While Bush was assertive, if tongue-tied, Kerry was characteristically deliberate and sedate. Answering Edmo-Suppah's follow-up, about the No Child Left Behind Act, again, the intelligent detail droned rather than sparkled. Perhaps more than anything, this issue of style is before the mainstream media, but in Indian country, no doubt acuity and persistence will get the attention and the support. Throughout last week, Kerry persevered. On his campaign train trek through the Southwest, Kerry made it a point to touch base with tribal communities.
Under the blazing sun of early August, before an immense red rock, a Navajo elder fanned off Kerry and his wife, Teresa Heinz Kerry, before 4,000 Native participants at the annual Zuni Navajo inter-tribal pow wow. With photography disallowed by the officiating medicine man, the Kerry campaign won't get the popular value of such a moment, but Kerry the man and candidate certainly continues to gain in Indian country. Speaking with tribal leaders at the 83rd annual Gallup Inter-Tribal Ceremonial in Gallup, N.M., Kerry hit several welcomed chords on health care and on Indian representation in high government office while consistently and loudly committing himself to tribal self-governance. Kerry pledged to name a Native American office in the White House to be "directly responsible for our relationship working with all of the tribes and all of Indian country in America." Before the Kerry train had left Southwest Indian country, the Democrats had organized a "Native Americans for Kerry - Edwards" advisory group. "When I take the oath of office as president of the United States, I will swear to uphold the Constitution of the United States and that means to uphold the treaties we have made with Native Americans," Kerry said.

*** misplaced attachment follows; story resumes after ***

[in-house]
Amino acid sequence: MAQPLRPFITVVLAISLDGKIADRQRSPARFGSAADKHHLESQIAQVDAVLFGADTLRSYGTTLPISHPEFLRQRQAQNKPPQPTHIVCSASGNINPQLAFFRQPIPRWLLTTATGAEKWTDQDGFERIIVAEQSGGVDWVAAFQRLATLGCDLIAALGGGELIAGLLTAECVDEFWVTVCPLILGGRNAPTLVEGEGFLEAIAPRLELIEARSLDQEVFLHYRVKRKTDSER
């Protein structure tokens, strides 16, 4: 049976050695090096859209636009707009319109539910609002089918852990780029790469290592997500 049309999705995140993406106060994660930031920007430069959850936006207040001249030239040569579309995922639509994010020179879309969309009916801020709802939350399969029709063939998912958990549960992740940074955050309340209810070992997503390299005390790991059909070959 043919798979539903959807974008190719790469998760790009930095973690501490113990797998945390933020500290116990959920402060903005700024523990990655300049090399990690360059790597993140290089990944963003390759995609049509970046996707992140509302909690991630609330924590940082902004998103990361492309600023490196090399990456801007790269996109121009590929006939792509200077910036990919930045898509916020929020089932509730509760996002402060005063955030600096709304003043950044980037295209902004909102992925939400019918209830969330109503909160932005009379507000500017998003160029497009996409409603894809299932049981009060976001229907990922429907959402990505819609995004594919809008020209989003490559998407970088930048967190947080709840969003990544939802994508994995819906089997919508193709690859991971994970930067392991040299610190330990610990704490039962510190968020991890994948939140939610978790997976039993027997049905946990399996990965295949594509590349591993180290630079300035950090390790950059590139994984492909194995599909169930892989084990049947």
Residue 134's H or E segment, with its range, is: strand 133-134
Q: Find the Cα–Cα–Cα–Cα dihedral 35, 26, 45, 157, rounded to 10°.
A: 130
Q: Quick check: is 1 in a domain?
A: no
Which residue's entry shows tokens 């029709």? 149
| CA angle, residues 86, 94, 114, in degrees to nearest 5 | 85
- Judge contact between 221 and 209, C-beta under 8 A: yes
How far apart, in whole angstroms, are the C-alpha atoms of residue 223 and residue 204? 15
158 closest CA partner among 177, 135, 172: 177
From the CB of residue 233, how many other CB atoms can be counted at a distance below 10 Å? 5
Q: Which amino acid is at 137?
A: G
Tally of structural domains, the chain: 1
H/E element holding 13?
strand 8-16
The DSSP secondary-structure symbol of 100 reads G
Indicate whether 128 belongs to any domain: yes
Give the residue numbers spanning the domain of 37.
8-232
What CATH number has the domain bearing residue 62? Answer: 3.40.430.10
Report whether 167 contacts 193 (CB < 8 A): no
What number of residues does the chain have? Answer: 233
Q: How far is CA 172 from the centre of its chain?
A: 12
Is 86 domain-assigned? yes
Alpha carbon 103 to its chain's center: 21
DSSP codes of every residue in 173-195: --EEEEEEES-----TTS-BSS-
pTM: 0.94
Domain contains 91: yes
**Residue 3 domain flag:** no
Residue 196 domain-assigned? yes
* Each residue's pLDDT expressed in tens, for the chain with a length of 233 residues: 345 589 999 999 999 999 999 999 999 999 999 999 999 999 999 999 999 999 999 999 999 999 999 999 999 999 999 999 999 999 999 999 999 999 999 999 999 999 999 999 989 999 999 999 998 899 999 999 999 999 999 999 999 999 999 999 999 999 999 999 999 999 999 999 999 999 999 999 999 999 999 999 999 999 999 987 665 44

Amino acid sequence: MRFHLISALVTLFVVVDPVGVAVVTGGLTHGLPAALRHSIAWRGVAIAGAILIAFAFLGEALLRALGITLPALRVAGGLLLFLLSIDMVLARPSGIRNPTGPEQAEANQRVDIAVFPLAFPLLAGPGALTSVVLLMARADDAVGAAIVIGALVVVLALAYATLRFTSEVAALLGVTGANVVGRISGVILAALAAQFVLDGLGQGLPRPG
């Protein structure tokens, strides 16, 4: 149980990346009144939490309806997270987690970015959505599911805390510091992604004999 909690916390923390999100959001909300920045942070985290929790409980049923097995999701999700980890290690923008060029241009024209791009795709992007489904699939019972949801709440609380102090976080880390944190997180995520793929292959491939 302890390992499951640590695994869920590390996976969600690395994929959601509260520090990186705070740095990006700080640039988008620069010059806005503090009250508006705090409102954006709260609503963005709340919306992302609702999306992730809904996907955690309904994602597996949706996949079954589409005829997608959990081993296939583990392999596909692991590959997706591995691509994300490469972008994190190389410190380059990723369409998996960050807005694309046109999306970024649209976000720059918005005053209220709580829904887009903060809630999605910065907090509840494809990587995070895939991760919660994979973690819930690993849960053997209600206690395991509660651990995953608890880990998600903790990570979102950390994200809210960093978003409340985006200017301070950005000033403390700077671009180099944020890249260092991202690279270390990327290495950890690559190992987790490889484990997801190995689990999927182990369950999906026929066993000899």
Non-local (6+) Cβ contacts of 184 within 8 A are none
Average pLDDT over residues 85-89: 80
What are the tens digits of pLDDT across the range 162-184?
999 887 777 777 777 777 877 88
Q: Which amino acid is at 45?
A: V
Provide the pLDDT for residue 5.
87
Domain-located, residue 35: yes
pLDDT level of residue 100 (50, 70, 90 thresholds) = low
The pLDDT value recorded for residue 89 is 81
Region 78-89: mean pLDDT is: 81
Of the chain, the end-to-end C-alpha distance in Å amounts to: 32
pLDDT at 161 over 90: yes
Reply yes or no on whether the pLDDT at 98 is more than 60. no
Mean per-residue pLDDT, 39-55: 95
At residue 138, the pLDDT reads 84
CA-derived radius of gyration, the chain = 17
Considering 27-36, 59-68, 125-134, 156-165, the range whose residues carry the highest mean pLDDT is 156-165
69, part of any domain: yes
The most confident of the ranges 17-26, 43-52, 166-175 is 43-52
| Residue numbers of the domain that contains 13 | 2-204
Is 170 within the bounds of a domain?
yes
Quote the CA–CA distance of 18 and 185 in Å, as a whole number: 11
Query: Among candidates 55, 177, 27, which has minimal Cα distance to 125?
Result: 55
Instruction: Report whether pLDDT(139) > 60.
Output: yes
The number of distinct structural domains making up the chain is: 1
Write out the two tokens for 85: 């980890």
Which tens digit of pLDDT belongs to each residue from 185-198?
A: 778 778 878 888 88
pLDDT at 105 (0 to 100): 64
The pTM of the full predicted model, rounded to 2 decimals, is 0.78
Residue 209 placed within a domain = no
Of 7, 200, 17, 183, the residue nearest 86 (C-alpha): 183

It wasn't lost on Indian leaders that Kerry is the first presidential candidate to visit the inter-tribal Indian ceremonial since Dwight D. Eisenhower, according to organizers. It wasn't lost on local newspapers that Indians represent 9.5 percent of the state of New Mexico's 5.2 million residents, a decisive vote in the tight balloting expected for Nov. 2. Of
course, South and North Dakota, Oregon, Washington state, Nevada and Arizona, all can be expected to feature the importance of the Indian vote.
The Indian vote usually breaks Democratic, but not always. With proper understanding and sincere, consistent follow through, Republicans could yet appeal to tribal publics. The upcoming Republican Party Nominating Convention in New York City will reveal if the Bush team will include credible and capable Indian advisors and if such inclusion will enhance and deepen the President's tribal sovereignty message at UNITY. So far, since the President's short answer on sovereignty at UNITY in Washington, the Republican message has not clearly amplified for Indian country.
For American Indians, this is a perfect season to inject every approachable candidate with a sound dose of knowledge about Indian treaties and self-governance while seeking their strongest endorsements for tribal political and economic freedoms. We must continually educate both political parties and their leading lights that Indian tribal rights predate the formation of the United States, are recognized in the U.S. Constitution, and well-entrenched in any accurate reading of the history of the country. American Indian tribal rights to an adequate defense against state covetousness and cultural destruction are as American as Thanksgiving, motherhood and that Sacred Eagle that flies overhead in vigilance of our national unity.